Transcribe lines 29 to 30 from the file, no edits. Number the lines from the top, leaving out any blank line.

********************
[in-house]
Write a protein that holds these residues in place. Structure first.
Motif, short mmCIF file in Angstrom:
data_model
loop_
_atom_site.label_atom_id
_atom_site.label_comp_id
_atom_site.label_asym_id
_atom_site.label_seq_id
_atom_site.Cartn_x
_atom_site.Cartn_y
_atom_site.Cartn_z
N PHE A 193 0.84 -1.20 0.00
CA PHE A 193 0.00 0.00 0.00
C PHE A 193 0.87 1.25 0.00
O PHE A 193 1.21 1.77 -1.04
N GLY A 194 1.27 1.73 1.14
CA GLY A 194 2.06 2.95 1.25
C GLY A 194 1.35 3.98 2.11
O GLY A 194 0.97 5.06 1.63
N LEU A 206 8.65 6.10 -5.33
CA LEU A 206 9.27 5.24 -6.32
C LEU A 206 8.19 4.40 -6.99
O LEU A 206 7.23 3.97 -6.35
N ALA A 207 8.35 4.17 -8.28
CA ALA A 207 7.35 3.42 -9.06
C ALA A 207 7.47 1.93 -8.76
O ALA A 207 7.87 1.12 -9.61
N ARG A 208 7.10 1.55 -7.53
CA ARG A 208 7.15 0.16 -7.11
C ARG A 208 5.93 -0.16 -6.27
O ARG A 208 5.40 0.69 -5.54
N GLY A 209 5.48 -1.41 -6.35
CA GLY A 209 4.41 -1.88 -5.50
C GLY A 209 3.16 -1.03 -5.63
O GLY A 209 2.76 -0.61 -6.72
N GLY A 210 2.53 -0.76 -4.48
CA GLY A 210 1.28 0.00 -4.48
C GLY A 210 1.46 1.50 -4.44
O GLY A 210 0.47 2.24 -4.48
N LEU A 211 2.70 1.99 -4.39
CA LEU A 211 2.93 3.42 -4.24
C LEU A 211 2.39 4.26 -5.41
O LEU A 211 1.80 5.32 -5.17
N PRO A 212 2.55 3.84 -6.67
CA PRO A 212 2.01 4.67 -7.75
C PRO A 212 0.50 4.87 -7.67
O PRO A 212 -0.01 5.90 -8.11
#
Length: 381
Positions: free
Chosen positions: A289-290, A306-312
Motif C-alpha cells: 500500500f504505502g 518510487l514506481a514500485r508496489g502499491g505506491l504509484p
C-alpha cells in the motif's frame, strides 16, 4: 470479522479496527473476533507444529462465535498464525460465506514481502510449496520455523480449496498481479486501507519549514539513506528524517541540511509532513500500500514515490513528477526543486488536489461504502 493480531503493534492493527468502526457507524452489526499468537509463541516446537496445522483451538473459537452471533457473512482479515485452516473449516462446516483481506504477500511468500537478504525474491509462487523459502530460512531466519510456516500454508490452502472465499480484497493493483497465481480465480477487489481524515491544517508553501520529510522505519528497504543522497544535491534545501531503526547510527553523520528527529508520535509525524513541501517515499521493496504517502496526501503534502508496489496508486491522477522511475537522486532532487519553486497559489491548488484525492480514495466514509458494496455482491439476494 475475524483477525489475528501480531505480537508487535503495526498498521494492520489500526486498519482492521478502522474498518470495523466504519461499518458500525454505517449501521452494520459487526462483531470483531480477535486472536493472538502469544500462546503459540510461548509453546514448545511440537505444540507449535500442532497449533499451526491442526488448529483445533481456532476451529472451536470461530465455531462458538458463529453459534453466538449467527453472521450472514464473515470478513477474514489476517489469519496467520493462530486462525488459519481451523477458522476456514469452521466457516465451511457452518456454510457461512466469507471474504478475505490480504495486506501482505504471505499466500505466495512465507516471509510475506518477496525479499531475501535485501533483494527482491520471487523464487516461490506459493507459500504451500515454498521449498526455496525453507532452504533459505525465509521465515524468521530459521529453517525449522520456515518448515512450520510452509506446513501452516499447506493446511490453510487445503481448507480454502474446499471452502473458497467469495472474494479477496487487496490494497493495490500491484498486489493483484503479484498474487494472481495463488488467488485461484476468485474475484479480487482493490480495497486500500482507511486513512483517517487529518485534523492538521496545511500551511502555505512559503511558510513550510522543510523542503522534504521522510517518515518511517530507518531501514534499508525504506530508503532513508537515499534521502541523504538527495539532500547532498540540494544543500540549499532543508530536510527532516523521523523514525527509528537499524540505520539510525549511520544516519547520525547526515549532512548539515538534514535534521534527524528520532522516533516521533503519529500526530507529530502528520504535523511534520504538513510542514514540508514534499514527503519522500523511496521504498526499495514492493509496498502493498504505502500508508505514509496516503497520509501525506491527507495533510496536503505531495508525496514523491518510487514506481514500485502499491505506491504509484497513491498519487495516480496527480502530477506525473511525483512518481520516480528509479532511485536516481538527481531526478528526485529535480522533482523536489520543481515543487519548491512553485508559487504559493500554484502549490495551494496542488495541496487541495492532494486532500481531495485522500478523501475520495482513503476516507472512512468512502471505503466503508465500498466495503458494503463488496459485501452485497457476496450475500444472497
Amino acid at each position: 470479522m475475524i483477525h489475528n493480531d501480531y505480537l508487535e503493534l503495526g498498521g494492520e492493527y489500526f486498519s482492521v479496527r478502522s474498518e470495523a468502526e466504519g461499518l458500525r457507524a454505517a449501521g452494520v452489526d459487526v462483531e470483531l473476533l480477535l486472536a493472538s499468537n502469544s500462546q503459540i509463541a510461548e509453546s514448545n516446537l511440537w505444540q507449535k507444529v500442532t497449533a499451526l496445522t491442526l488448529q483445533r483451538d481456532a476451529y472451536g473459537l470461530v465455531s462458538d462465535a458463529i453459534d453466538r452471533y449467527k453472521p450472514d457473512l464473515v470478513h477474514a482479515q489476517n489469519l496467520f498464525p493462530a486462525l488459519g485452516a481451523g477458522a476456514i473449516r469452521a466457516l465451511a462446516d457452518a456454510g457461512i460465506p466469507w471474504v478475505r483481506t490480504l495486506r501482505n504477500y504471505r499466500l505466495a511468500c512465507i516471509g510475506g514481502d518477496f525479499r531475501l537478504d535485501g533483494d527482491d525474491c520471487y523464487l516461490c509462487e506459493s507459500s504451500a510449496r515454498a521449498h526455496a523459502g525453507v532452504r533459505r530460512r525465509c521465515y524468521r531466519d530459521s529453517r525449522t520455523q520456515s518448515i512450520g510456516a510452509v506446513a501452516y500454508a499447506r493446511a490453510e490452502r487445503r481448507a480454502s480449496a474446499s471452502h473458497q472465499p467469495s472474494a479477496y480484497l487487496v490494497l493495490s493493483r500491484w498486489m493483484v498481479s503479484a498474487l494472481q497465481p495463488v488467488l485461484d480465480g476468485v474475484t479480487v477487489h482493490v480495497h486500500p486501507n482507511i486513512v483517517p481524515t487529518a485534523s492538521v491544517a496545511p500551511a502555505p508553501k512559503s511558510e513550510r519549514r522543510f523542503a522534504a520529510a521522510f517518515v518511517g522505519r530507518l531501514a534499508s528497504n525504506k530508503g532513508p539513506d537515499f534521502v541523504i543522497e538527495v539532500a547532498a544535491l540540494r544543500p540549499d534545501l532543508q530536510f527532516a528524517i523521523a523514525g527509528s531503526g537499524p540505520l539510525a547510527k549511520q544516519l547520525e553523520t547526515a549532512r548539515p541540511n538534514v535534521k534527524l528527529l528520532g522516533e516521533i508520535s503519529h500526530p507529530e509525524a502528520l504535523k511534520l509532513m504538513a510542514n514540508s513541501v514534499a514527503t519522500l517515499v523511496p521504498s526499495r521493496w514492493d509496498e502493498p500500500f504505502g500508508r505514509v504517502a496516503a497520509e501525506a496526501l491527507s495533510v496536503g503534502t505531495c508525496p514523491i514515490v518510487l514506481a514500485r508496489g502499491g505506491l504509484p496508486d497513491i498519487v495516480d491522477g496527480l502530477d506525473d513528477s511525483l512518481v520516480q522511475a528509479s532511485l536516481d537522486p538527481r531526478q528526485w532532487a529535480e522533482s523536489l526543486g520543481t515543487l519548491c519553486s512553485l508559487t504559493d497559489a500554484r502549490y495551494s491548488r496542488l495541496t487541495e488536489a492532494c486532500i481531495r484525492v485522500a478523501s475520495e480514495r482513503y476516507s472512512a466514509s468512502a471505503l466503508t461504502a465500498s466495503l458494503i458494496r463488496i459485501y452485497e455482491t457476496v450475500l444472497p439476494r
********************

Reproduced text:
N ARG A 208 7.10 1.55 -7.53
CA ARG A 208 7.15 0.16 -7.11